Review: Under Defeat HD

It’s been years since Under Defeat first came out, and the zero percent chance of a US release is finally a thing of the past. Under Defeat HD finally brings the lost shooter to our side of the Pacific, updating it with full 16:9 support and a shiny new coat of paint. Aside from the graphic upgrade, however, this is still the same excellent shooter its always been, and easily deserves its place alongside the best of what’s available today.

Under Defeat HD‘s story has something to do with war, nation versus nation, and a last desperate push by both sides of the conflict in the face of a coming cease-fire. This fictional world doesn’t have Israel and Palestine around to teach them that a cease-fire is more of a war-time mini vacation than any real end to hostilities, apparently. Still, other than a paragraph game’s start, none of this matters. The real story is much simpler- Once upon a time a helicopter laid waste to everything in its path with a combination of slick flying and heavy firepower.

The advantage of an attack chopper is that it doesn’t need to fly in a straight line. While the action is the standard vertical scroll, with the occasional diagonal for variety, the chopper itself has limited rotation. When you’re not holding down the fire button, moving the chopper left or right causes it to rotate, and then holding fire locks the angle in place. It takes a bit of practice, but once you’ve got the hang of rotation it becomes much easier to target enemies on the other side of the screen than it would be having to fly through a stream of bullets while shooting straight up. The gameplay rhythm quickly becomes one of carefully directed streams of fire, maybe making due with a slightly bad angle rather than stopping firing due to the volume of destructible clutter on screen. Those enemy tanks and helicopters are shooting back, and therefore of primary importance, but you can’t really let all those harmless ground targets just go by un-destroyed, can you?

Fortunately, you don’t have to do this alone. Your helicopter comes equipped with a drone that will automatically target enemies for a brief while before disappearing, waiting to be summoned again. Once the cool-down time is reached, in a reasonably short period of time, you can charge by not firing while a green bar quickly fills, and then start shooting again with a helper. One wrinkle in using the drone is that it materialized at the angle you started shooting, adding another small layer of complexity in dealing with the chopper’s rotation. The other thing to remember is that power-ups don’t directly effect you, but rather indicate the kind of support drone you’ll get. Finally, anything killed by a drone gives 2x score, so you’ll want to use them both well and often.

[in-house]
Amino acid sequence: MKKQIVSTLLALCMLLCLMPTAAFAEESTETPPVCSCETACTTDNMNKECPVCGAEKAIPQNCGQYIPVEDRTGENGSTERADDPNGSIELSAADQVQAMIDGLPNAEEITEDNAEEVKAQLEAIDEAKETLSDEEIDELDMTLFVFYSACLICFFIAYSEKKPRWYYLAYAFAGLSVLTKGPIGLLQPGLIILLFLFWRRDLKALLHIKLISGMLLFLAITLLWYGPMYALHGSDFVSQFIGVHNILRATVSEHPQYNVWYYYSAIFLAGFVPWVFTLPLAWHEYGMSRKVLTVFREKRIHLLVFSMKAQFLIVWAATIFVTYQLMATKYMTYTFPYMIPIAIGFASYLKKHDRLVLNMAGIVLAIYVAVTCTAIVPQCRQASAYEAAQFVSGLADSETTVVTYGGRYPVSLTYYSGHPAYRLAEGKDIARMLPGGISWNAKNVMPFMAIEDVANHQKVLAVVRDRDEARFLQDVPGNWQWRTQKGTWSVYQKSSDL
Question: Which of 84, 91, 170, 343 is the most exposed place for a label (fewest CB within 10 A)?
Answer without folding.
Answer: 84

Once you get used to managing the various abilities, it’s time to stop dying and start laying down some heavy destruction. Under Defeat is not an easy shooter, and even level 1 can hand you your head the first several times through, until you get used to the helicopter’s handling. While the hit box is relatively small in relation to the chopper’s size, it’s still much bigger than the single pixel that the average bullet-hell protagonist has as a vulnerable point. Enemies are also not shy about sending back a heavy volley of return fire, and rather than waste bullets on pretty patterns they zone you in and aim for the kill. Under Defeat wants you dead, and if you clear a level of all enemies and targets it’s because you earned it, rather than the game making you feel awesome just for showing up

As fun as it is to shoot through the levels and learn the patterns of various epic set-pieces, there is one non-game related issue that does need to be mentioned, and that’s the menu system. The top menu lets you choose New Order ( the 16:9 version) or Arcade (the original) plus practice modes, and also select your ship. There are four ships to choose from, two identical in all but color and the other two being unique. You select your ship in the top menu, back out, and then choose game mode, and if you want to switch ships, it’s back to the top menu you go. Additionally, there’s no indication either in the manual or in-game as to what sets one helicopter apart from another. One of the ships doesn’t use drones, but rather equips power-ups directly. Which one? There’s no way to tell until you experiment. On the plus side, that’s more of an early-game issue, and it will go away with experience.

Closing Comments: 

Once you’ve found a favorite helicopter and figured out the pros and cons of the others, it’s time to turn the landscape into a cratered wasteland of smoldering scrap metal. Under Defeat HD gives you a relatively simple set of tools and a large number of targets to use them on, and it always feels great when you mange to leave nothing standing in your wake. There’s a ton of excellent shooting arcade action in Under Defeat HD, and it’s absolutely worth seeing what Dreamcast importers got to play 6 years ago.

 Version Reviewed: PS3